How much risk are you comfortable taking?


An investor's true psychological risk tolerance can be difficult to assess; some people seem to be born risk-takers, whereas others are cautious by nature. Some people who describe their personality a certain way on a questionnaire may act differently when they are tested by real events. Recently, a new client came to Brighton Wealth Management and after preparing a financial plan, it seemed that he was aggressive in his financial risk-taking. He had $5 million dollars to invest. Before investing one dime, I asked him how he would feel if he received a statement that showed his investments had declined by $500,000. He almost fell off of his chair. That is a 10% decline and an aggressively invested account certainly has the capability to decline by that amount at any time. By asking the question, using real dollars and not percentages, it made it much  more realistic for the client. In the end, we approached his financial situation with a more conservative stance.

Keep in mind, an investor's attitude toward risk can change over time with experience and age. New investors may be more fearful of potential losses than more experienced investors who have weathered the cyclical and ever-changing nature of the economy and investment performance, and who may be more comfortable with short-term market swings.

Brace yourself!


Financial market declines are an inevitable part of investing, but abandoning a sound investment strategy in the heat of the moment could be detrimental to your portfolio's long-term performance. One thing you can do to strengthen your mindset is to anticipate some scenarios in which the value of your investments were to fall by 20% to 40%, and convert the percentages to real dollars. If you become overly anxious about the possibility of such a loss (as in the example above), it might be helpful to reduce the level of risk in your financial portfolio. Otherwise, having a plan in place could help you manage your emotions when turbulent times arrive. Using different strategies that could help take your emotions out of the equation would be a great help and can lead to a more successful outcome. By the way, watching the news is not a good strategy!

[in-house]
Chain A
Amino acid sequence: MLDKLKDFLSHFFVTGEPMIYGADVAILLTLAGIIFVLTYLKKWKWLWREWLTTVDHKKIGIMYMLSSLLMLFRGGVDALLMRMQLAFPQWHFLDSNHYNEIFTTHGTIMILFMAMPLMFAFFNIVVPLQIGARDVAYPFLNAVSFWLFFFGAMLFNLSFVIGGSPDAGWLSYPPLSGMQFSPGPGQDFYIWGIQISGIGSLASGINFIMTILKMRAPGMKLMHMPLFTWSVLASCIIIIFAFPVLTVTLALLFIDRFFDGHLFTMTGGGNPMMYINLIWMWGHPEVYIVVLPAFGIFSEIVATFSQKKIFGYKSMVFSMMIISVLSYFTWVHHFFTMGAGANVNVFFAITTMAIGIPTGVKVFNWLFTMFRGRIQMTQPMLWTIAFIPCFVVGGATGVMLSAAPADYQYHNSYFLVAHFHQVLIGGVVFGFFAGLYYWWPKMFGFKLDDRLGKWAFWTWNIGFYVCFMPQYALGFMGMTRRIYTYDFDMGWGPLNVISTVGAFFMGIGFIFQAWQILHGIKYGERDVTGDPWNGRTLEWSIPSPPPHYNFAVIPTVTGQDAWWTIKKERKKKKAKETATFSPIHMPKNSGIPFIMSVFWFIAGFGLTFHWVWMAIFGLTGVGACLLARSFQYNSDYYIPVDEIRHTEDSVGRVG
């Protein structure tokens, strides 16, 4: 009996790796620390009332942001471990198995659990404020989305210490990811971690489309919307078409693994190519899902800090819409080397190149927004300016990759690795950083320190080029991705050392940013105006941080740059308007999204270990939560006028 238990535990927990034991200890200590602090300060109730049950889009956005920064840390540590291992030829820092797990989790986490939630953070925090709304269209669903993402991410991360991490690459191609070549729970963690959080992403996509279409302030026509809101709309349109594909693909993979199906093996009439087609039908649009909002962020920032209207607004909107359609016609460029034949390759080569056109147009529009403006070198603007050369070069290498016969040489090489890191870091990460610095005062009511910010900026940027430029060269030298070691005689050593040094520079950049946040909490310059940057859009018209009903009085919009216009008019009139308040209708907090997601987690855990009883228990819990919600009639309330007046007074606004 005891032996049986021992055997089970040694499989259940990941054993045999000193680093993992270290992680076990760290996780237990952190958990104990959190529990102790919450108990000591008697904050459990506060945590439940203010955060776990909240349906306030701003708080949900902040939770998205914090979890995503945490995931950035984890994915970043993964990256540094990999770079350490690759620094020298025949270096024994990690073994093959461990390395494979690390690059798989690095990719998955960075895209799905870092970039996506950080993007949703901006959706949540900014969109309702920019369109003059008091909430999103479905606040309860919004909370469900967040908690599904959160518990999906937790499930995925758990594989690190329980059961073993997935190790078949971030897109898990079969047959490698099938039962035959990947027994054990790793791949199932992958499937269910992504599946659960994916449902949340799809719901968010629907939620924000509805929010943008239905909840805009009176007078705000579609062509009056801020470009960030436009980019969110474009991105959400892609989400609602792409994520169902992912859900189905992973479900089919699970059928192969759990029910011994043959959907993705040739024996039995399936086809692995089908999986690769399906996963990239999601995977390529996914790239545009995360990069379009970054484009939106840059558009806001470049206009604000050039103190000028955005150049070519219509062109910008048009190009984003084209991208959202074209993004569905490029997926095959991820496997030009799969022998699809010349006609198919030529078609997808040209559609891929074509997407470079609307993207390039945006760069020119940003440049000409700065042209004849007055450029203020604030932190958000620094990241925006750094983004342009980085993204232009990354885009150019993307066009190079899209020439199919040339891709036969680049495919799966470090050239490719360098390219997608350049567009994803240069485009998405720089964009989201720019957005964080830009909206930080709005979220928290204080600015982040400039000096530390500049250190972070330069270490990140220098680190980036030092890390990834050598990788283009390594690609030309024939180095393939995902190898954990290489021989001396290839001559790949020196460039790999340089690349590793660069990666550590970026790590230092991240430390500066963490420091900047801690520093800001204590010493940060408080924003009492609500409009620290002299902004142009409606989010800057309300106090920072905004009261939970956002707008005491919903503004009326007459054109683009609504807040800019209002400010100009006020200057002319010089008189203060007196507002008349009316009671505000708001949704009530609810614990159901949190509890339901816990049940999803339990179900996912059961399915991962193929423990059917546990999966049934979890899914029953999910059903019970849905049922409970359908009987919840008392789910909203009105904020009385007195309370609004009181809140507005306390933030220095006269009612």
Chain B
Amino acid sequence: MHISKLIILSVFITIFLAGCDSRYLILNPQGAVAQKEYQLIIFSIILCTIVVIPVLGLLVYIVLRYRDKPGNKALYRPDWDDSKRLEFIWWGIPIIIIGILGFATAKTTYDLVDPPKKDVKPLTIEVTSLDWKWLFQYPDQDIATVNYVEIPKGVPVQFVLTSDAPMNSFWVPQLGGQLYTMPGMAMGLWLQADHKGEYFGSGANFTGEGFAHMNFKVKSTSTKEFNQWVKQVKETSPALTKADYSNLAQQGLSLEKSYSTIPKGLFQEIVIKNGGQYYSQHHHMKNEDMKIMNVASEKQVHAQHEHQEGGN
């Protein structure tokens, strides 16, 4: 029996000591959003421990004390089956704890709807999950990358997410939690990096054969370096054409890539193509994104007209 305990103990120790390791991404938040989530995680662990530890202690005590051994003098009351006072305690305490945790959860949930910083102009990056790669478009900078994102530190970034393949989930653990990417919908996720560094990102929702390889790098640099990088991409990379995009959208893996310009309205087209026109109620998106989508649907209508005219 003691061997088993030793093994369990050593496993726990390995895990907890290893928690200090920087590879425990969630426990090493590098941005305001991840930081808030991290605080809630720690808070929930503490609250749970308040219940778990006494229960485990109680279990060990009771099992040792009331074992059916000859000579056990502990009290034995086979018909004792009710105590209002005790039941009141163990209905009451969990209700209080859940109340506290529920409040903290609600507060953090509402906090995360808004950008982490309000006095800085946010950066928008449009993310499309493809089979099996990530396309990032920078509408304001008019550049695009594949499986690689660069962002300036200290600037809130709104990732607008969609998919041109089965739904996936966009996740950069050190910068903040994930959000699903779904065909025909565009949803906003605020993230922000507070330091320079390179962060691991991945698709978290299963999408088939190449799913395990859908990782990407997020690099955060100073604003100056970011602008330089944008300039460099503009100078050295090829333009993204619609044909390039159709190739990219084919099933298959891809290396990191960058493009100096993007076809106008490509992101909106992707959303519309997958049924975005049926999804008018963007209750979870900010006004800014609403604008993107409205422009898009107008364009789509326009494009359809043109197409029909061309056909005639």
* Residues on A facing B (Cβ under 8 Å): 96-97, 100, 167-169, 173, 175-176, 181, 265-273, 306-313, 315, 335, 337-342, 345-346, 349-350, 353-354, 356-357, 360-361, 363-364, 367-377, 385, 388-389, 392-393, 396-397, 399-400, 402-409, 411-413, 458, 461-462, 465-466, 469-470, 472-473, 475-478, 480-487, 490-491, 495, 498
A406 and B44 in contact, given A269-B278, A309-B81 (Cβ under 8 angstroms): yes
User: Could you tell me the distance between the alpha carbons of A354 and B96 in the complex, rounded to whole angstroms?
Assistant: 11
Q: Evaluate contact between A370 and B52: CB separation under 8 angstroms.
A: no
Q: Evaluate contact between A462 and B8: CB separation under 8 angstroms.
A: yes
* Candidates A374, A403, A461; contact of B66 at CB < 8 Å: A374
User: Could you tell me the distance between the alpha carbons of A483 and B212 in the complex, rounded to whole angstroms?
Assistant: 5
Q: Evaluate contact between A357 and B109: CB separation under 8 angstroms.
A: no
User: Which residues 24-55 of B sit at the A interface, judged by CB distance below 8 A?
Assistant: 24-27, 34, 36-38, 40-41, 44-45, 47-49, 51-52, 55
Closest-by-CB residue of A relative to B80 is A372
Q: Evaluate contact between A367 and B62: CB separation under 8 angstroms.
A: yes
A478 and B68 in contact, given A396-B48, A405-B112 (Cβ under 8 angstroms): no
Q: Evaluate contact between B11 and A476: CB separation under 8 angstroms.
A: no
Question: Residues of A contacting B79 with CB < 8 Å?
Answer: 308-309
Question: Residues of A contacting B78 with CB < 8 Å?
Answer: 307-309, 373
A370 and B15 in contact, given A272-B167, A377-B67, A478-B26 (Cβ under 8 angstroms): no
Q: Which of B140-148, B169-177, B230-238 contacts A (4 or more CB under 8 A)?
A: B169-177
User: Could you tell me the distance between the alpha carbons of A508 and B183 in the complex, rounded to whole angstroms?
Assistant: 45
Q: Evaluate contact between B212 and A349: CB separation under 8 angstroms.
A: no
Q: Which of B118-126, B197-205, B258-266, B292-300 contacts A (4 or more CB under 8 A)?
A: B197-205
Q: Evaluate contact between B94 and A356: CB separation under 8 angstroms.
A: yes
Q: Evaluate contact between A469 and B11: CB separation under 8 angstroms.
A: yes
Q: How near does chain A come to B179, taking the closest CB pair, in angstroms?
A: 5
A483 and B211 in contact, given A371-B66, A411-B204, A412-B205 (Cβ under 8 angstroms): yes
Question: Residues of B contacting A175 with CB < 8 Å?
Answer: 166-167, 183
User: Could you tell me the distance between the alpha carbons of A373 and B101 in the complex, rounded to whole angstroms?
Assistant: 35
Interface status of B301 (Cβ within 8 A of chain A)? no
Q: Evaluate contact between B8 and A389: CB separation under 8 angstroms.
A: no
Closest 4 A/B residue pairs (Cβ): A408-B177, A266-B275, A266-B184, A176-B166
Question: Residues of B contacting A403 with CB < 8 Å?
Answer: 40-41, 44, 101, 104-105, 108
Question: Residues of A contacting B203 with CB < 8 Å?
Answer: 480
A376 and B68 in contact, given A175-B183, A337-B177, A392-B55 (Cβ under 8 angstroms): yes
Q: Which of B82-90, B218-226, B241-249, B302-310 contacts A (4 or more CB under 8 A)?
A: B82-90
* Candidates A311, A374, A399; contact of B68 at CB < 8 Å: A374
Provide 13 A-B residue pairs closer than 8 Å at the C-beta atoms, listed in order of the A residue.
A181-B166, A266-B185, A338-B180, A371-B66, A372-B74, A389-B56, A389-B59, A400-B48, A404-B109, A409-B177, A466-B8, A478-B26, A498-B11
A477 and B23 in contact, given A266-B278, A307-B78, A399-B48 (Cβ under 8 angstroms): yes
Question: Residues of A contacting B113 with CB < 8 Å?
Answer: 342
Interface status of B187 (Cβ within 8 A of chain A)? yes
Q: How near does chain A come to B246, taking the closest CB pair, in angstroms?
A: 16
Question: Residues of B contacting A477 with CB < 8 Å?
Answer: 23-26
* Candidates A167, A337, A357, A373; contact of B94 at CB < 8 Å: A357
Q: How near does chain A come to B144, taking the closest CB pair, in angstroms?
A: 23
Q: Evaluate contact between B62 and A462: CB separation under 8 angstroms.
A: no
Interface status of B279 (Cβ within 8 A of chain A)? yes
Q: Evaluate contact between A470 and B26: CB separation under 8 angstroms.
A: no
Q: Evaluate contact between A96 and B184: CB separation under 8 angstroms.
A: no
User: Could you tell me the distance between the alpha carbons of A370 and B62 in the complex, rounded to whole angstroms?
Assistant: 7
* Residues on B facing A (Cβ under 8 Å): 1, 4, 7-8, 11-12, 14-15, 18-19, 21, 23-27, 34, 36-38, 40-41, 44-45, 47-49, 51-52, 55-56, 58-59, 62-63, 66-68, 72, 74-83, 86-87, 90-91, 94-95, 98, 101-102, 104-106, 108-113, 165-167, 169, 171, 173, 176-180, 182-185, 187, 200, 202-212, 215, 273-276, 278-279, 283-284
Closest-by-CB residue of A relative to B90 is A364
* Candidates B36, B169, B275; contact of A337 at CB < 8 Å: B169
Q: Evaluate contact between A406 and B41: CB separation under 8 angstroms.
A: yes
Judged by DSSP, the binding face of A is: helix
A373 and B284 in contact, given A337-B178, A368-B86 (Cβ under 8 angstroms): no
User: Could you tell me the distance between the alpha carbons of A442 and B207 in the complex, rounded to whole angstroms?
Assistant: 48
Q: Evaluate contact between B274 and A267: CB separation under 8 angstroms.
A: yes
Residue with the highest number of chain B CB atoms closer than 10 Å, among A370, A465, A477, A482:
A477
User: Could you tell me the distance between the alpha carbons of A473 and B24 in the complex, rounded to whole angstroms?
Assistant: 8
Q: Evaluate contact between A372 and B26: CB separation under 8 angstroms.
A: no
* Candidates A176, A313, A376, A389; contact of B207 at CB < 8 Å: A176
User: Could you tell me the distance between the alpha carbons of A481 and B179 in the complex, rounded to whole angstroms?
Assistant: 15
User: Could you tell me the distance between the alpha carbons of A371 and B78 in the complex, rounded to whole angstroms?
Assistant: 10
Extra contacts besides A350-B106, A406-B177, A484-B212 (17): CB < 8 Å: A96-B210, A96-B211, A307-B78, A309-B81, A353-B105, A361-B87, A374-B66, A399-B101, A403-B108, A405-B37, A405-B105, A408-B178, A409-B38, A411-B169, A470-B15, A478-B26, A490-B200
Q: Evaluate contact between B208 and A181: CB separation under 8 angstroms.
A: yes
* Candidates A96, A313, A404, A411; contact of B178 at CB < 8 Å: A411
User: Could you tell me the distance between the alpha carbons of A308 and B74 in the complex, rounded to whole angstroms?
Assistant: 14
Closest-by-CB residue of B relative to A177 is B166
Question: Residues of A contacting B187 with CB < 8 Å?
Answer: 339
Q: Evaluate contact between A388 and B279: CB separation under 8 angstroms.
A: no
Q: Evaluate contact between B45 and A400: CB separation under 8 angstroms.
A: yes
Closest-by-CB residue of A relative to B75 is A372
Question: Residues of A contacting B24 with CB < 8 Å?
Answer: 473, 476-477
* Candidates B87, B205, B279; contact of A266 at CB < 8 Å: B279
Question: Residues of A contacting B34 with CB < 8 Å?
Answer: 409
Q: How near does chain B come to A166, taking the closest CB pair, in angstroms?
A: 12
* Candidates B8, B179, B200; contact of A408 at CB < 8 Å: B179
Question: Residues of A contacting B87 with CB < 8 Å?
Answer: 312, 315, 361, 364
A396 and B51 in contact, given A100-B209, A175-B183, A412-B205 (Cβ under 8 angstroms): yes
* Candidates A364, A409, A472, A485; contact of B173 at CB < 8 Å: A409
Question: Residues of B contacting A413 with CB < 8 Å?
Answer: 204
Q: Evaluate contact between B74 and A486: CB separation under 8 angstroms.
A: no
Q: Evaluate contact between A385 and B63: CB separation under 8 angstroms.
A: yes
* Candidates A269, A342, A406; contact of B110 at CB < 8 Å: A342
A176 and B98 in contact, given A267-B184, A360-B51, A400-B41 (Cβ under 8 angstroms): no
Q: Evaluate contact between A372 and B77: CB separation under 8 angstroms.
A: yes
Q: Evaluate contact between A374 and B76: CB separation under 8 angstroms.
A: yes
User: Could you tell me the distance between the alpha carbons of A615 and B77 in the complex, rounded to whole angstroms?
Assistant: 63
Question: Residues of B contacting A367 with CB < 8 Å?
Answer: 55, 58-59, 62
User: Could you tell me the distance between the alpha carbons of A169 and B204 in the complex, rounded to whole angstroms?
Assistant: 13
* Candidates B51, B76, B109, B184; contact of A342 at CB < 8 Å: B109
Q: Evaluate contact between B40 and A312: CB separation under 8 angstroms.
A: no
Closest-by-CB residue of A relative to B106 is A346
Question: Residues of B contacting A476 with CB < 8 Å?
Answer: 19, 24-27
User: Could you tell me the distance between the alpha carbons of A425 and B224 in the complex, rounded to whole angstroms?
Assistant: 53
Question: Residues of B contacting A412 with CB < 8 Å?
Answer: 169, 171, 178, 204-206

Alan Battles is a Salt Lake City, Utah fee-only Registered Investment Advisor (RIA) fiduciary and financial planner. Brighton Wealth Management, Inc. specializes in providing objective financial planning and investment management to help clients build, manage, grow, and organize their assets during life’s transitions. 

All investing involves risk, including the possible loss of principal, and there is no guarantee that any investment strategy will be successful.

The information in this material is not intended as investment, tax, or legal advice. It may not be used for the purpose of avoiding any federal tax penalties. Please consult legal or tax professionals for specific information regarding your individual situation. The opinions expressed and material provided are for general information, and should not be considered a solicitation for the purchase or sale of any security.